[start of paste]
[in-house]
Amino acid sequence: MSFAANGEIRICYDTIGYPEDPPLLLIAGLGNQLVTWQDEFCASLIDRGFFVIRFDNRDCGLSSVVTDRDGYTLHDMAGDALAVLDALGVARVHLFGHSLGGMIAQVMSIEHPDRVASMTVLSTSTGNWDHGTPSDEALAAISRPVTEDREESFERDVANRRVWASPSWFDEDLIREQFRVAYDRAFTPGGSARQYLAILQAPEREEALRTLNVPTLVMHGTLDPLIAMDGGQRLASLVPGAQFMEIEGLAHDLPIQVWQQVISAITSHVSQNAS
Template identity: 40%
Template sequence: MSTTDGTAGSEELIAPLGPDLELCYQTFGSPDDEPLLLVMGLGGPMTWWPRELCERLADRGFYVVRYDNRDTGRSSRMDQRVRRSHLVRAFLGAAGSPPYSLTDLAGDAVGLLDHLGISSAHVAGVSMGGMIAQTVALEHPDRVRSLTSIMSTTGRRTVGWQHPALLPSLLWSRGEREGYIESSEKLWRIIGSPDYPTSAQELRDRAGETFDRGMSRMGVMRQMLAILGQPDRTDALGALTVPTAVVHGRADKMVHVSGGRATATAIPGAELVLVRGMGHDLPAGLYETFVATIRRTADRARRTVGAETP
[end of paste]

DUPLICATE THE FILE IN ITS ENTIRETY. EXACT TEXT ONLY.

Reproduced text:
[in-house]
Amino acid sequence: MSFAANGEIRICYDTIGYPEDPPLLLIAGLGNQLVTWQDEFCASLIDRGFFVIRFDNRDCGLSSVVTDRDGYTLHDMAGDALAVLDALGVARVHLFGHSLGGMIAQVMSIEHPDRVASMTVLSTSTGNWDHGTPSDEALAAISRPVTEDREESFERDVANRRVWASPSWFDEDLIREQFRVAYDRAFTPGGSARQYLAILQAPEREEALRTLNVPTLVMHGTLDPLIAMDGGQRLASLVPGAQFMEIEGLAHDLPIQVWQQVISAITSHVSQNAS
Template identity: 40%
Template sequence: MSTTDGTAGSEELIAPLGPDLELCYQTFGSPDDEPLLLVMGLGGPMTWWPRELCERLADRGFYVVRYDNRDTGRSSRMDQRVRRSHLVRAFLGAAGSPPYSLTDLAGDAVGLLDHLGISSAHVAGVSMGGMIAQTVALEHPDRVRSLTSIMSTTGRRTVGWQHPALLPSLLWSRGEREGYIESSEKLWRIIGSPDYPTSAQELRDRAGETFDRGMSRMGVMRQMLAILGQPDRTDALGALTVPTAVVHGRADKMVHVSGGRATATAIPGAELVLVRGMGHDLPAGLYETFVATIRRTADRARRTVGAETP